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King, Curry bid Linden Council farewell

Alvin King and William Curry have become staples in Linden politics for years. Tuesday night, they said their thank yous and farewells at their last Linden City Council meeting as public officials.

“It’s been a great experience,” said Alvin “Butch” King, who was appointed Linden’s mayor after Roy “Pat” Vice died in June while in office. King had previously served 16 years a council representative

William Curry has been a Linden councilman for nearly eight years.

“We’ve seen this city come together recently, and I am proud to have been able to see that,” said Curry. “It’s been fun; we’ve had a lot of good times.”

Curry was defeated in the city election by Richard Lankster for the District 3 City Council representative spot.

King chose not to run for re-election in the Aug. 26 the city elections. Mitzi Gates was elected mayor and will take office Nov. 3. She has been the District 2 City Council representative.

“Linden elected a good person for mayor,” King said of his successor. “Mitzi will work hard for the city.”

In his last remarks as councilman, Curry praised city administrator Cheryl Hall.

“It is amazing to me how everyone has gotten along on the council,” said King. “We may disagree at times, but we have never gotten into a fight that I can remember.”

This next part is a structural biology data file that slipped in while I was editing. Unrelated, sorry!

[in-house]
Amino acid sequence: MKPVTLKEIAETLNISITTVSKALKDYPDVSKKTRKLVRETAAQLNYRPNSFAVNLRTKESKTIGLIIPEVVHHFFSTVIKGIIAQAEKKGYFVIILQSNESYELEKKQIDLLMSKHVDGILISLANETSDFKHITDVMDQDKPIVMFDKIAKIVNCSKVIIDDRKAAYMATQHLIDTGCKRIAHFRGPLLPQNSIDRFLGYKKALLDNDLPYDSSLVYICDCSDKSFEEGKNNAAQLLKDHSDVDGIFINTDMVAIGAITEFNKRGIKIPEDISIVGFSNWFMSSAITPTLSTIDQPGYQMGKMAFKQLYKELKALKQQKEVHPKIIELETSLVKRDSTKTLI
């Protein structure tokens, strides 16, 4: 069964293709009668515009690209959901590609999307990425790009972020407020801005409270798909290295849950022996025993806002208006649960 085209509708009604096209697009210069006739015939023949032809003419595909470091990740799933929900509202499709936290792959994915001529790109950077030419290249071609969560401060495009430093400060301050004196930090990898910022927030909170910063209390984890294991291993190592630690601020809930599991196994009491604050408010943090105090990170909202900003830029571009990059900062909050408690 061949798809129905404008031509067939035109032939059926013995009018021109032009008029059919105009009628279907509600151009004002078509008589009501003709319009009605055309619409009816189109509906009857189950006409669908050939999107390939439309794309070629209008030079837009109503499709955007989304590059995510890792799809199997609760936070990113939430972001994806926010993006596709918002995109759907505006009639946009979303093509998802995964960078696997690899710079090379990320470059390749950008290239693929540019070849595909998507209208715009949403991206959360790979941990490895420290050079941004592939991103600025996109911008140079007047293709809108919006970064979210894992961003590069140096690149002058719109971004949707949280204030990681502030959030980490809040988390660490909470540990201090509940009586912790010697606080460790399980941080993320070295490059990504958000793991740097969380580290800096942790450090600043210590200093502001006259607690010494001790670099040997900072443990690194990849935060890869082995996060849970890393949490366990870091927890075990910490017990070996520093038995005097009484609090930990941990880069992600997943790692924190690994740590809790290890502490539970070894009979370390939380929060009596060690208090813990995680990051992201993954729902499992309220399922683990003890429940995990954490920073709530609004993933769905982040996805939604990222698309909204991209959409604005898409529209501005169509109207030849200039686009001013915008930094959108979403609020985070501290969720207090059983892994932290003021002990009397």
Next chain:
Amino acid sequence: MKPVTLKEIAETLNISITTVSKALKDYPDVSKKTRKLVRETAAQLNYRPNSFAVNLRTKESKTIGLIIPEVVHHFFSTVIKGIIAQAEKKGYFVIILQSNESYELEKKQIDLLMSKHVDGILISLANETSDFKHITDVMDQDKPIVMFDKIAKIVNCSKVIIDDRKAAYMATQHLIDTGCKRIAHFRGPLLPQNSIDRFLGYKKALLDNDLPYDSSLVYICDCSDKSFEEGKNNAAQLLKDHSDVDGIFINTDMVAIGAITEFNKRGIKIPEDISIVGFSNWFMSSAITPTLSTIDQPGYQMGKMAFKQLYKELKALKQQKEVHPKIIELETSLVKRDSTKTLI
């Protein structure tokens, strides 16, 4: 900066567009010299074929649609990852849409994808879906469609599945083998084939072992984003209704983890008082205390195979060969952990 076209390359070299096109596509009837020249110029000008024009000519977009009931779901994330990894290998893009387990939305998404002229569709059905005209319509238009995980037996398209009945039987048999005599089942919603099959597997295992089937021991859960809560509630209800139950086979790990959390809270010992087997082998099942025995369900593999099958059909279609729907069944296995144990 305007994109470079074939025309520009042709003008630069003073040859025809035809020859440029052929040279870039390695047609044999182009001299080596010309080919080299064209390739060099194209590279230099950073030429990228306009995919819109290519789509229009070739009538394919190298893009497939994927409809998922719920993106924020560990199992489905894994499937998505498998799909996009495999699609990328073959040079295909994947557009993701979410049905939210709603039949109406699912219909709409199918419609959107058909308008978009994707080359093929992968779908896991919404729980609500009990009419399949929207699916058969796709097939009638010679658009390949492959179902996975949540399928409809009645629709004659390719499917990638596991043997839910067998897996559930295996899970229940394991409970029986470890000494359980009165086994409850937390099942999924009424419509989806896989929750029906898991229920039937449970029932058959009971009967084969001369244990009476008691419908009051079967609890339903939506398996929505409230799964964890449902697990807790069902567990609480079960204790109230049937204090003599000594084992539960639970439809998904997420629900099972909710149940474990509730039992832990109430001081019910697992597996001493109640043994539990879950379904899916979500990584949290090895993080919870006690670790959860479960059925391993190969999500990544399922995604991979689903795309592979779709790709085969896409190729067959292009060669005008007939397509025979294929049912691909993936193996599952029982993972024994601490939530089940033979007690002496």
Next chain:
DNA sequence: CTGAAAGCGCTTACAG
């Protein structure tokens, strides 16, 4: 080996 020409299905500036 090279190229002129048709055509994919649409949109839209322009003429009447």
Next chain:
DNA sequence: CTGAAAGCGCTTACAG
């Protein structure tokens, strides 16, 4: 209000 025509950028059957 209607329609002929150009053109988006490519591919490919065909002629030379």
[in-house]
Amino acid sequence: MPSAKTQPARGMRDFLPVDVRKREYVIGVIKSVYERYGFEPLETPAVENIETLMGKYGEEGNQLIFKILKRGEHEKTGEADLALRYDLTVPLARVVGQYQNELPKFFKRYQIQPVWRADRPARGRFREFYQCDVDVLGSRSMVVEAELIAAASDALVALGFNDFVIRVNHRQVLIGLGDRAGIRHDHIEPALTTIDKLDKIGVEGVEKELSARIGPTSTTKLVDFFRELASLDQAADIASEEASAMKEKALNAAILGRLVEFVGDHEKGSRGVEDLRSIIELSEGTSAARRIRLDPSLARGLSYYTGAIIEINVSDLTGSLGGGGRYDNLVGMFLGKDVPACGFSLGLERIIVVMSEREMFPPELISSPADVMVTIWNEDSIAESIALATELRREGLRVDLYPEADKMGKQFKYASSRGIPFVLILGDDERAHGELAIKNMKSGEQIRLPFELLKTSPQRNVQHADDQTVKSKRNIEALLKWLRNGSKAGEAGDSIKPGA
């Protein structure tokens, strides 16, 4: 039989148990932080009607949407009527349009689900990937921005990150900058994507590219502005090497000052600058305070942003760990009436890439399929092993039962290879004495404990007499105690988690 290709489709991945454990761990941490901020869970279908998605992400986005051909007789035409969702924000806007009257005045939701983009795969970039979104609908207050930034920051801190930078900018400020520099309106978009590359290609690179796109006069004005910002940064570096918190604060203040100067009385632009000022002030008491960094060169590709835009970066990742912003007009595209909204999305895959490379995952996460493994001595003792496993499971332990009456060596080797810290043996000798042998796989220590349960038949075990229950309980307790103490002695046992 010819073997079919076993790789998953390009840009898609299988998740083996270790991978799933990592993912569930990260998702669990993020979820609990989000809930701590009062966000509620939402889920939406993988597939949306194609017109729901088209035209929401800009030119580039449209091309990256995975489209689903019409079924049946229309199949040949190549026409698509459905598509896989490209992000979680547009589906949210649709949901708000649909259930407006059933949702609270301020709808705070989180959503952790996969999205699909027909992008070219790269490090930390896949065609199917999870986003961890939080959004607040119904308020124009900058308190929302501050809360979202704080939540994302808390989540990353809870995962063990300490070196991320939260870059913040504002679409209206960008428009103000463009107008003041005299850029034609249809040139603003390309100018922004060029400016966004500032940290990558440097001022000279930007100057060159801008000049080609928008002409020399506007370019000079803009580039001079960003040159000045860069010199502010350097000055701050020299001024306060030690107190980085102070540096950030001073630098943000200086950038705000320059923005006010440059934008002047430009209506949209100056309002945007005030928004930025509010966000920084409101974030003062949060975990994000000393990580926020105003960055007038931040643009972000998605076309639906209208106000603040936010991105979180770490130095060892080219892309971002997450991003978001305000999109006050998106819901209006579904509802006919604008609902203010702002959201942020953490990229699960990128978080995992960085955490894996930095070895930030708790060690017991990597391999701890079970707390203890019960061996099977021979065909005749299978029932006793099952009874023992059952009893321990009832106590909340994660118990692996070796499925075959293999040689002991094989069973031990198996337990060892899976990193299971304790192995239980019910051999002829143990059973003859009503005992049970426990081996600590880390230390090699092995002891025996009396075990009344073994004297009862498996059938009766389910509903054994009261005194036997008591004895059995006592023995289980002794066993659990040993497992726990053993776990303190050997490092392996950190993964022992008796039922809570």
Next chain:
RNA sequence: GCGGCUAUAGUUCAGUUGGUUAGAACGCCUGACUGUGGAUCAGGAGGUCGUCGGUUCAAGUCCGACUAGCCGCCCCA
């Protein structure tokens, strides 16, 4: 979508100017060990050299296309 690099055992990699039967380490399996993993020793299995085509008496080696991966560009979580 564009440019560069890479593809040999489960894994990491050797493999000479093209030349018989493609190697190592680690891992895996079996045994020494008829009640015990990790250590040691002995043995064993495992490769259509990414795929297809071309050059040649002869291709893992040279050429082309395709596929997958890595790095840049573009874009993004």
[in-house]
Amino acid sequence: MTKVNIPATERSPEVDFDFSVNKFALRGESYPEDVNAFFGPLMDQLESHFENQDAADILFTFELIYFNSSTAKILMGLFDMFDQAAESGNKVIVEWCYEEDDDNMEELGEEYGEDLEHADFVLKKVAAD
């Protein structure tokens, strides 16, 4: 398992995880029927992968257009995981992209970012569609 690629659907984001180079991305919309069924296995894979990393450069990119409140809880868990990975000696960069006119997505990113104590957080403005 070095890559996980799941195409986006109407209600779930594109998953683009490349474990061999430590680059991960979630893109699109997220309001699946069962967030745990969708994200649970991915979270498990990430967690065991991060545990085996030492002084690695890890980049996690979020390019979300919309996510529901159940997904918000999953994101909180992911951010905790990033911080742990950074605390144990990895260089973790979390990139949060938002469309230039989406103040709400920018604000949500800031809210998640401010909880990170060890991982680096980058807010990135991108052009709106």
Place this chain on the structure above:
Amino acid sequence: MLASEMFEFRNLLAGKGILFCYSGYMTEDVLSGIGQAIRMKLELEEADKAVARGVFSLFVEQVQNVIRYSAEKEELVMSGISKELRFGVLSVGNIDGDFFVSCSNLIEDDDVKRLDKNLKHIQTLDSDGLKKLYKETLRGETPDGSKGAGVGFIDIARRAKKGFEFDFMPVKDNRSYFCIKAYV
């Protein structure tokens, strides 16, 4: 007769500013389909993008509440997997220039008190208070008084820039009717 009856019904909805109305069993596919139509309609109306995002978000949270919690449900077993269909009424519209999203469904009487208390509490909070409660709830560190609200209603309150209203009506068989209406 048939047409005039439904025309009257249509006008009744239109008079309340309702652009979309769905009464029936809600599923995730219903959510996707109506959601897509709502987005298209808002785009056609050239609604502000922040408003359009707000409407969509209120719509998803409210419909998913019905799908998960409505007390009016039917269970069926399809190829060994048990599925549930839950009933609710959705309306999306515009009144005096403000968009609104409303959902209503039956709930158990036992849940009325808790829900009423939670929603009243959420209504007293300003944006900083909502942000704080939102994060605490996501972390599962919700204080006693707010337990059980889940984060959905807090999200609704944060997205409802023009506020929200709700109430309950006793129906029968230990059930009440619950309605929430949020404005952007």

The new city council, including newcomers Lankster and Michael Carlisle, who was elected to District 2’s vacated seat, will meet on Monday, Nov. 3. It will be a combined organizational meeting and regular board meeting, which was changed from Nov. 4.

Other actions taken at the Linden City Council meeting included:

The city council voted to return a car that was confiscated in a drug raid this summer back to the vehicle’s owner and pay for damages sustained to the vehicle while in the city’s possession.

Linden police chief Scott McClure asked the council to pay for $1304 in damages to the mother of a suspect who was arrested in the raid this past August. The vehicle’s side window was knocked out and a car radio was stolen a couple of weeks after the car was confiscated by Linden police.

“It was damaged while in our possession and it’s our responsibility,” McClure said.

McClure also told the council that one suspect was arrested for the damages to the car and theft of the radio.

If the owner of the vehicle had prior knowledge that her son would possibly use the car to sell drugs, the vehicle could have remained in possession of the city and police department. Since that could not be proven the car had to be returned.

The city council was notified that Mediacom, which provides cable TV services to the Linden area, is raising their rates for basic broadcast service by $3. Council members complained this is the third increase by Mediacom this year.